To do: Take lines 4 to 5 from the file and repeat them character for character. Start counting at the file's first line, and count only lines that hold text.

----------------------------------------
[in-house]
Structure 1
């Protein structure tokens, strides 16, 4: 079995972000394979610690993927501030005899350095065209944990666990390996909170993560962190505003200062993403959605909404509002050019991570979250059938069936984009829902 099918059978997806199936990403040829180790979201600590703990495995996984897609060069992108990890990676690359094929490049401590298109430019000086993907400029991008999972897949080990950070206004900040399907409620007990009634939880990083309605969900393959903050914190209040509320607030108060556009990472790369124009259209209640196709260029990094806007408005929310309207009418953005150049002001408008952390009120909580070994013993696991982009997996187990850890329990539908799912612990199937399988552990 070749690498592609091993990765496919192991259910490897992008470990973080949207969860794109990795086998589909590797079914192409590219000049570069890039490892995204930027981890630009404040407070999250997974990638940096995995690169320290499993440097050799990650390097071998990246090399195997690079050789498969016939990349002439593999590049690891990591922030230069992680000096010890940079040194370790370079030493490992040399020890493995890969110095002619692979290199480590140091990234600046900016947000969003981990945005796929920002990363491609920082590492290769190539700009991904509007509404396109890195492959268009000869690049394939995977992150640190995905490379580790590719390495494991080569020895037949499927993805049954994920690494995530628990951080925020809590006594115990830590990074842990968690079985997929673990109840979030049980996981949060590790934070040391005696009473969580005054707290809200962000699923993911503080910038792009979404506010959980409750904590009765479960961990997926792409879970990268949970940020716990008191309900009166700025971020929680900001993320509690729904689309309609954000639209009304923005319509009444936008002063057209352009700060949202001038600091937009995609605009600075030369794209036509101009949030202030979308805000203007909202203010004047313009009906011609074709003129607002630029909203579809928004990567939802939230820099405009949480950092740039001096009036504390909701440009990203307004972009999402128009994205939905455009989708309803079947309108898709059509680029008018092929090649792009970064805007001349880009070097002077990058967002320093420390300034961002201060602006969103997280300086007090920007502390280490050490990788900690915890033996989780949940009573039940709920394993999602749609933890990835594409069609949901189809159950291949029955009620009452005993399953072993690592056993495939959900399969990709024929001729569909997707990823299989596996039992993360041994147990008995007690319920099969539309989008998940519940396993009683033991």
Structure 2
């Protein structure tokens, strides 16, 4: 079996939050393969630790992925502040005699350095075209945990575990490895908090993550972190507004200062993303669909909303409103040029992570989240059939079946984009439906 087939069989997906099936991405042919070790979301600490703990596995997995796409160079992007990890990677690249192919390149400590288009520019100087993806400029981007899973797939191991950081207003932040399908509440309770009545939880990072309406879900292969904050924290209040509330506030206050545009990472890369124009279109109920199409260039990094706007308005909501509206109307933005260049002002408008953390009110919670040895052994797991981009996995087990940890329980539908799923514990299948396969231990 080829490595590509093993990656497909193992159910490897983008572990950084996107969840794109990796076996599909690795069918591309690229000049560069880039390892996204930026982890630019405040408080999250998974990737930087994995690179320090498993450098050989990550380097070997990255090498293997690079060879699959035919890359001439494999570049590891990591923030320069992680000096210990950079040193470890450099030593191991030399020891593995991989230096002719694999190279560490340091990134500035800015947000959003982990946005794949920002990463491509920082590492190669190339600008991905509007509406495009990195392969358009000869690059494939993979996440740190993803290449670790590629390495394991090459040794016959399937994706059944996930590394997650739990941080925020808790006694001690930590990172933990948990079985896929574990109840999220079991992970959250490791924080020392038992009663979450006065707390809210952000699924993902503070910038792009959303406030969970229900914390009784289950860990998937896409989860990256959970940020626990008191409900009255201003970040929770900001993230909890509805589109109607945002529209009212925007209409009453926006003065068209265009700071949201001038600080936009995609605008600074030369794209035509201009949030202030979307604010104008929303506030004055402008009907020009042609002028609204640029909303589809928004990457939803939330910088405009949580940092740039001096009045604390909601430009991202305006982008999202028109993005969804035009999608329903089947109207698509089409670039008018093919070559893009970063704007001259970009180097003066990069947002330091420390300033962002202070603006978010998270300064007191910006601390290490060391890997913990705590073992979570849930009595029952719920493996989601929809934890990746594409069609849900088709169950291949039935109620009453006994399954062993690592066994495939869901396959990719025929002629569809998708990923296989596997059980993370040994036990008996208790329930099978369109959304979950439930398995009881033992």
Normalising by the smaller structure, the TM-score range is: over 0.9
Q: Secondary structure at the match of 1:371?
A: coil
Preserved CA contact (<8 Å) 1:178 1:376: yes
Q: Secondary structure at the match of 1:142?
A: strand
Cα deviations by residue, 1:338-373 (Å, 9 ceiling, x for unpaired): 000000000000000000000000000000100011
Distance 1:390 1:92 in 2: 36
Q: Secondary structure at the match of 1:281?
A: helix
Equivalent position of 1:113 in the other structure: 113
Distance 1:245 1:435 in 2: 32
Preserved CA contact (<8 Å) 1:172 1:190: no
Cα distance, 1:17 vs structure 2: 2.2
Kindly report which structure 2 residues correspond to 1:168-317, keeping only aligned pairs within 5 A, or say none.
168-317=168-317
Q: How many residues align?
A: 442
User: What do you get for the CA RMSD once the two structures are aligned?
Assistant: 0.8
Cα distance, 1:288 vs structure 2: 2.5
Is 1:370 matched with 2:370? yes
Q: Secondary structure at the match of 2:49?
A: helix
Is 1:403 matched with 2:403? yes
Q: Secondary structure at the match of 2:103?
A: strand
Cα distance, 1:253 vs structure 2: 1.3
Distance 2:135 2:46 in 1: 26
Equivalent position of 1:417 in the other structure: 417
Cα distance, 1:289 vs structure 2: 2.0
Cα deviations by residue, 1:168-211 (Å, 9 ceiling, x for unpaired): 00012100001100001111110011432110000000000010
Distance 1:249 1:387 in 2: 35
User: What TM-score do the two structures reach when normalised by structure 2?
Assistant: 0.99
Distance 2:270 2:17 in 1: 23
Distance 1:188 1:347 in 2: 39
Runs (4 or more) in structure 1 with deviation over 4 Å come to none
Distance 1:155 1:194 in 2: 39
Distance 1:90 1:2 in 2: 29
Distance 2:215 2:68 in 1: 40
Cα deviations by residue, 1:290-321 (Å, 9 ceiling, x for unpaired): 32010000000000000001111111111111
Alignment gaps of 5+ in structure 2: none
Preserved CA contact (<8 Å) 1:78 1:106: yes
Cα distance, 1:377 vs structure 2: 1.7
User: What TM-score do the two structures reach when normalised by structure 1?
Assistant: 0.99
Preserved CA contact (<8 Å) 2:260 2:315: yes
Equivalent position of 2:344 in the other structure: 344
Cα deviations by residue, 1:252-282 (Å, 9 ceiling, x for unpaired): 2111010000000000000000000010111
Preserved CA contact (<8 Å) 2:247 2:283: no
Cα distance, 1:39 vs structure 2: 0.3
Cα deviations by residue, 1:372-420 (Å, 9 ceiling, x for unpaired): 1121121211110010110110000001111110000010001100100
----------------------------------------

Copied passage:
Structure 2
């Protein structure tokens, strides 16, 4: 079996939050393969630790992925502040005699350095075209945990575990490895908090993550972190507004200062993303669909909303409103040029992570989240059939079946984009439906 087939069989997906099936991405042919070790979301600490703990596995997995796409160079992007990890990677690249192919390149400590288009520019100087993806400029981007899973797939191991950081207003932040399908509440309770009545939880990072309406879900292969904050924290209040509330506030206050545009990472890369124009279109109920199409260039990094706007308005909501509206109307933005260049002002408008953390009110919670040895052994797991981009996995087990940890329980539908799923514990299948396969231990 080829490595590509093993990656497909193992159910490897983008572990950084996107969840794109990796076996599909690795069918591309690229000049560069880039390892996204930026982890630019405040408080999250998974990737930087994995690179320090498993450098050989990550380097070997990255090498293997690079060879699959035919890359001439494999570049590891990591923030320069992680000096210990950079040193470890450099030593191991030399020891593995991989230096002719694999190279560490340091990134500035800015947000959003982990946005794949920002990463491509920082590492190669190339600008991905509007509406495009990195392969358009000869690059494939993979996440740190993803290449670790590629390495394991090459040794016959399937994706059944996930590394997650739990941080925020808790006694001690930590990172933990948990079985896929574990109840999220079991992970959250490791924080020392038992009663979450006065707390809210952000699924993902503070910038792009959303406030969970229900914390009784289950860990998937896409989860990256959970940020626990008191409900009255201003970040929770900001993230909890509805589109109607945002529209009212925007209409009453926006003065068209265009700071949201001038600080936009995609605008600074030369794209035509201009949030202030979307604010104008929303506030004055402008009907020009042609002028609204640029909303589809928004990457939803939330910088405009949580940092740039001096009045604390909601430009991202305006982008999202028109993005969804035009999608329903089947109207698509089409670039008018093919070559893009970063704007001259970009180097003066990069947002330091420390300033962002202070603006978010998270300064007191910006601390290490060391890997913990705590073992979570849930009595029952719920493996989601929809934890990746594409069609849900088709169950291949039935109620009453006994399954062993690592066994495939869901396959990719025929002629569809998708990923296989596997059980993370040994036990008996208790329930099978369109959304979950439930398995009881033992």